I like the Stern's practicality. I've been to man…

Summit Spaces

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One of my favorite parts of the Summit house is that there are lot of outdoor places to hang out in (and a lot of people hang out in them!). Last weekend, we started to give these spaces a facelift, but I was determined to do it on the cheap.

I started with the back deck, which was looking pretty worn:


I washed it down with some deck wash I had picked up free at HHW, which took some jimmying because our sprayer was broken. I then stained it with some stain I had also gotten free at HHW (and the other gallon I got there went to someone who needed some to stain her Little Free Library.)

The teak table and chairs were pretty gray, so I stripped and refinished those with a 3-step teak refinisher (that I had gotten free off the BST board):


I thought the deck needed some color, so I picked up a cheap outdoor rug on clearance at Amazon. And Patrick washed the gazebo roof and we moved it back onto the deck to provide sun coverage and rain protection.

Doesn't it look great? Now I just need…

How Music Works

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It's taken me FOREVER to get through this book, and I keep wanting more!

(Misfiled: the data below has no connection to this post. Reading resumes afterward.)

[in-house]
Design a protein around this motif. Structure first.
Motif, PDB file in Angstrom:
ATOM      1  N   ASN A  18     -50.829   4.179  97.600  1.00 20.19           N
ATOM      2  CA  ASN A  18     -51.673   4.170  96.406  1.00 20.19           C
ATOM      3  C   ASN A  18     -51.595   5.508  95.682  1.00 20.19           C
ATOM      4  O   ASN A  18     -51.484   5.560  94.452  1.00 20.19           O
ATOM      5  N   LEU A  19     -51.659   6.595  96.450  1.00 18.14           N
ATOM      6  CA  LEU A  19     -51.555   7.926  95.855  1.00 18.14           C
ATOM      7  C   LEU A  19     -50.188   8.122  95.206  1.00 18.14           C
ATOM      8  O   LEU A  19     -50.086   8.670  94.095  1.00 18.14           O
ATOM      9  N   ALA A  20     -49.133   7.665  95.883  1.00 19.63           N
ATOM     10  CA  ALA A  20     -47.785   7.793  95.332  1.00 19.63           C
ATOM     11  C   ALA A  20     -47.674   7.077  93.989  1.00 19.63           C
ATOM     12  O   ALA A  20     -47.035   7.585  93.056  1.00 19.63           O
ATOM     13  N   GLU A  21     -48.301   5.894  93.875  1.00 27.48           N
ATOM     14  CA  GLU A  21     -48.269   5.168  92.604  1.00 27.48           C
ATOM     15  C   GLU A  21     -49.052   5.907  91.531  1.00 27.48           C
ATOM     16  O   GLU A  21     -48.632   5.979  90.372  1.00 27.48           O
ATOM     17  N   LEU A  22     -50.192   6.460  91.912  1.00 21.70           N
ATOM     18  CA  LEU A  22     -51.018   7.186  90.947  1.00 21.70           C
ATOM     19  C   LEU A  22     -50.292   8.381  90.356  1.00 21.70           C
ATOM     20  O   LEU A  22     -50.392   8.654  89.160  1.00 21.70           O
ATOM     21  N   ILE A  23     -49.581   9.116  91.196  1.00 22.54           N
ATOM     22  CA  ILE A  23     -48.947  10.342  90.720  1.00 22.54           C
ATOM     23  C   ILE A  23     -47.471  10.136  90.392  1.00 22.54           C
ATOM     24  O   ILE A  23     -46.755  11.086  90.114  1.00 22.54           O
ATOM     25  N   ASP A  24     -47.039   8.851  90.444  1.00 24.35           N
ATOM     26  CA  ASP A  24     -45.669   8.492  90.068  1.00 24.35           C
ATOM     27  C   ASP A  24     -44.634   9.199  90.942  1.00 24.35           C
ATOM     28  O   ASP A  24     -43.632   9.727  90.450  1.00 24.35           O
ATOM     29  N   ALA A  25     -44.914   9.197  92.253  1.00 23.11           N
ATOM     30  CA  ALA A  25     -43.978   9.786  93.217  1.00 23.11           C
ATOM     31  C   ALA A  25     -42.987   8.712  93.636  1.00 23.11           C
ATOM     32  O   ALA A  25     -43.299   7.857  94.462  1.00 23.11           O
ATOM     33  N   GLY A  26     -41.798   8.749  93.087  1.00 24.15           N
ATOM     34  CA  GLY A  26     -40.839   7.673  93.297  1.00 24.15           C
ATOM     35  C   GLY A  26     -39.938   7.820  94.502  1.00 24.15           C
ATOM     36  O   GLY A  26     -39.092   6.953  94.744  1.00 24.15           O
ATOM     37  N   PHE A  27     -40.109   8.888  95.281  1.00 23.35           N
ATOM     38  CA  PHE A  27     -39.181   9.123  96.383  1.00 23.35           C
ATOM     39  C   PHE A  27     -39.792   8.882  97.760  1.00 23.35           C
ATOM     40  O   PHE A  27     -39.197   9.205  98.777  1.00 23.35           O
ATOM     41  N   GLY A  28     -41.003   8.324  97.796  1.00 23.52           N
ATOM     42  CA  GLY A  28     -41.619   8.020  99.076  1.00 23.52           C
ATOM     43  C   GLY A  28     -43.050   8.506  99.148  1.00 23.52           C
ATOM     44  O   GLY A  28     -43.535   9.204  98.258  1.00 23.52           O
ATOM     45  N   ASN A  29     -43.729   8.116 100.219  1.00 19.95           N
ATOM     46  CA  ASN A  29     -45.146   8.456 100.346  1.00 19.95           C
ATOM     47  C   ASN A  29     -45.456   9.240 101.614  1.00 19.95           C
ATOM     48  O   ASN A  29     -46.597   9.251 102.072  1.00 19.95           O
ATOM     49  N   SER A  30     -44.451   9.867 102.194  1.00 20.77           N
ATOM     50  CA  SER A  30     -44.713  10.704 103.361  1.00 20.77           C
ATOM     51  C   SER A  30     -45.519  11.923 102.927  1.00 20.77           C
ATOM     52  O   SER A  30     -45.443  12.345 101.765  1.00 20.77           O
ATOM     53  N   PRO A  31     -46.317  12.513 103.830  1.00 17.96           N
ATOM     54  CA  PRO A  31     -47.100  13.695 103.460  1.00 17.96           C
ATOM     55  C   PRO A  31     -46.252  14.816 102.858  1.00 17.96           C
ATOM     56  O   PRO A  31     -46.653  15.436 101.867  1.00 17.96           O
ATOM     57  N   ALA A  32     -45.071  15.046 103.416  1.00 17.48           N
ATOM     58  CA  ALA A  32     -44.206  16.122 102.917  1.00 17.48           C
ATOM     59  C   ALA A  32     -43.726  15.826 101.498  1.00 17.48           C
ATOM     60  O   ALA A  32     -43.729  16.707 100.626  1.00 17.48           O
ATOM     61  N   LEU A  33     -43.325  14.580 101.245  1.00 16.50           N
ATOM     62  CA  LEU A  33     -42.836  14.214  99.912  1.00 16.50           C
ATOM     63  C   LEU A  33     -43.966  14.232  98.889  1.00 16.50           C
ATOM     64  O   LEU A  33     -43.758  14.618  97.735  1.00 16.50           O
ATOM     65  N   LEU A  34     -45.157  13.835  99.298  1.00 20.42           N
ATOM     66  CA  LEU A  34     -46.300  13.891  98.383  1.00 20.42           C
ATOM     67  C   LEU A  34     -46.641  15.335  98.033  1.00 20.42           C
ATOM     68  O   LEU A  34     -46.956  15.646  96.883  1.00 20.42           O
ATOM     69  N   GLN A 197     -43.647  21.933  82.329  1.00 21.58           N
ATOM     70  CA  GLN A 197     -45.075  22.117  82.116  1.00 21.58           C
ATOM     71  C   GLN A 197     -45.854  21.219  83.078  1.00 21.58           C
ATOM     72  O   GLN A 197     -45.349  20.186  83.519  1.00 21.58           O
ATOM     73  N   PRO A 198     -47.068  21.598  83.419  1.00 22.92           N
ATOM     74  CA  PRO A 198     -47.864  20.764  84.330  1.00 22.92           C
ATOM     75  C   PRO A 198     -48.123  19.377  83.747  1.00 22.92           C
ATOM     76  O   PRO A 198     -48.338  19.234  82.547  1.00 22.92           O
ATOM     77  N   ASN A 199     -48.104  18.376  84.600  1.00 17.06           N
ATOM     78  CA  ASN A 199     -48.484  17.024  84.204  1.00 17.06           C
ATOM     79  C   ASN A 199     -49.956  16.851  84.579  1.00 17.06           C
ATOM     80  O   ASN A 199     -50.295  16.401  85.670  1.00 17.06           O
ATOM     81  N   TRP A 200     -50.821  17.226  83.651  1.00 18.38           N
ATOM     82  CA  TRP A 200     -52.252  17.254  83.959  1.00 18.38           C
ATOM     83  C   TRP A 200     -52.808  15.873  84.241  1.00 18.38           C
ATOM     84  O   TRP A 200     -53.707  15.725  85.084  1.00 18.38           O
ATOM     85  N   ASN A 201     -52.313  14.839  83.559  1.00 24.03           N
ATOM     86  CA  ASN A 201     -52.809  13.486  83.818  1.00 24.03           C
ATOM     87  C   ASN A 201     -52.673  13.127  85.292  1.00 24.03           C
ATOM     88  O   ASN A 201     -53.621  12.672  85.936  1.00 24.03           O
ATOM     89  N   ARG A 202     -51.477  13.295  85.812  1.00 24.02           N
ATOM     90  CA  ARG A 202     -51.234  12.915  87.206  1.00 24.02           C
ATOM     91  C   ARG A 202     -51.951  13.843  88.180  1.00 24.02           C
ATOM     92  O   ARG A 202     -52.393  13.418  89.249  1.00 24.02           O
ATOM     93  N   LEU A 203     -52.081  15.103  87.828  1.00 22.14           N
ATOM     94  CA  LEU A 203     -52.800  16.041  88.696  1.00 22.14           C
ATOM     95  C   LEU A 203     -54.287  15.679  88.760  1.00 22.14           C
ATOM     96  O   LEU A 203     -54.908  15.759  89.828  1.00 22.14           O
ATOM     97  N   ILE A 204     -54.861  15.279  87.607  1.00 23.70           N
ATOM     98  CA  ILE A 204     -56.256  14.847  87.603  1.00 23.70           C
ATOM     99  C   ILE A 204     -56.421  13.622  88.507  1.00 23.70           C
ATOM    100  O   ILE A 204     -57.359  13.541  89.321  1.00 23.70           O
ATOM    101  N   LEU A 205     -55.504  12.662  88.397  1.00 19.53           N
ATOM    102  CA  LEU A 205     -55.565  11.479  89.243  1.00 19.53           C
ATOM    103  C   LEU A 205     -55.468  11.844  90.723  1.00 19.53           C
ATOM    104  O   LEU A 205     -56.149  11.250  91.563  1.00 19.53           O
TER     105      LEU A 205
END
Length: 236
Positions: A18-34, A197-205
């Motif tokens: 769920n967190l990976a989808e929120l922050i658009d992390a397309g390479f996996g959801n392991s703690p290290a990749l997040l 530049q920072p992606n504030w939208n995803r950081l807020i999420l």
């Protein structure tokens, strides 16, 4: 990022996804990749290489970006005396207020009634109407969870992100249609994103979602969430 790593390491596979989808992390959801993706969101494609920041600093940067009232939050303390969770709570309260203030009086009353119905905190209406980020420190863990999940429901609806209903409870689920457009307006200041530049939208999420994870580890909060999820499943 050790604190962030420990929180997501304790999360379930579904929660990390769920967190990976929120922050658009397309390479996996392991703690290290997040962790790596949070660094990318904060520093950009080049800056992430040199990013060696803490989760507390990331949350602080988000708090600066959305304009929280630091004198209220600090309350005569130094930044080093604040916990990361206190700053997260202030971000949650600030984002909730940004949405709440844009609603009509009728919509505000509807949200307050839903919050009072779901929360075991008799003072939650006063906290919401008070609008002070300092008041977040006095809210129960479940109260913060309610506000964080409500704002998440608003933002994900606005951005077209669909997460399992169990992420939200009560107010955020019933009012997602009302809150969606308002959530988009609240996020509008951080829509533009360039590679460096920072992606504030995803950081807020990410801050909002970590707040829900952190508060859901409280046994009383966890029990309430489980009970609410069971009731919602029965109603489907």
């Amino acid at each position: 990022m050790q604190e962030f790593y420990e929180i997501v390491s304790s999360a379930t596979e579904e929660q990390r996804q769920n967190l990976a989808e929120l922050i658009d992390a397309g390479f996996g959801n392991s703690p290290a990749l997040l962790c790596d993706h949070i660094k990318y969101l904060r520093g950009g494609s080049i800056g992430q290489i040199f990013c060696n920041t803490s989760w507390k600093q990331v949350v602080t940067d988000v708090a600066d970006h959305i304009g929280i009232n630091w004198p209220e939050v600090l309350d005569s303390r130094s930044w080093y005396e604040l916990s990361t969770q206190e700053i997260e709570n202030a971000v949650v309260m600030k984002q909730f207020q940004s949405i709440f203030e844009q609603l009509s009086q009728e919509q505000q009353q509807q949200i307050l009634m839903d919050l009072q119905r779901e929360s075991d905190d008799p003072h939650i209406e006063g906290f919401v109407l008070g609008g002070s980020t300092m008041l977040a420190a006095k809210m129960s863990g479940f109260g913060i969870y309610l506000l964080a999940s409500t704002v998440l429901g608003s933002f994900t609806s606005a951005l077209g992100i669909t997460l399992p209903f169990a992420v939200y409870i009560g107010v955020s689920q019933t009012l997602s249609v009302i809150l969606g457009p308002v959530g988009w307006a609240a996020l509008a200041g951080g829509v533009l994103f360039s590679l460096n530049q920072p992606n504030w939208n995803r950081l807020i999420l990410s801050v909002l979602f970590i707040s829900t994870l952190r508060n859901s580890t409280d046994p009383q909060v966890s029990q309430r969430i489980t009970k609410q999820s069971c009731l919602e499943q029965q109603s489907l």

As you might expect, it's every bit as complicated as Davis Byrne. It's a meandering, fascinating set of essays, where you start in one place, and suddenly find yourself in another, and yet another before you dive beneath the wake in a new chapter. he says you can read it in random order, but do yourself a favor and read it in sequence; there's reasoning behind it and the flow is absolutely amazing.

So many nights of my teenage years were spent sitting in my friend Phillip's house listening to the Talking Heads (and avoiding Cheese-Its). I'm so happy to use this book to bring me back to that part of my life, even while exploring it more as an adult.

Amazing. 5 stars.

(as usual, book provided free from Blogging for Books in exchange for an unbiased review)

Picture This

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Of all the great classes we've done at the Preservation Alliance of Minnesota lately, I think we are most hooked on the Photo Tours. Honestly, we've kind of become Eric and Kristen groupies!

It all started last year, when we took a tour in the A-Mill and Main Street area in Minneapolis with them last year. We took another one in Lowertown this spring, and then today was on home turf in Ramsey Hill. Even better, we got to bring Beatrix with us with an old digital camera!

The classes have 2 main sections. Eric starts the class with a brief intro to mobile photography (think packing into 20 minutes what he usually teaches in 20 hours at IFP Minnesota). He covers composition, editing, and tips and techniques. Eric makes it all look so easy — hah!

Then, Kristen takes us walking and gives great, engaging, and personal information about the history of the area. Truth be told, there's some half-listening going on while we all jockey for top shots, but most of it sinks in. We leave…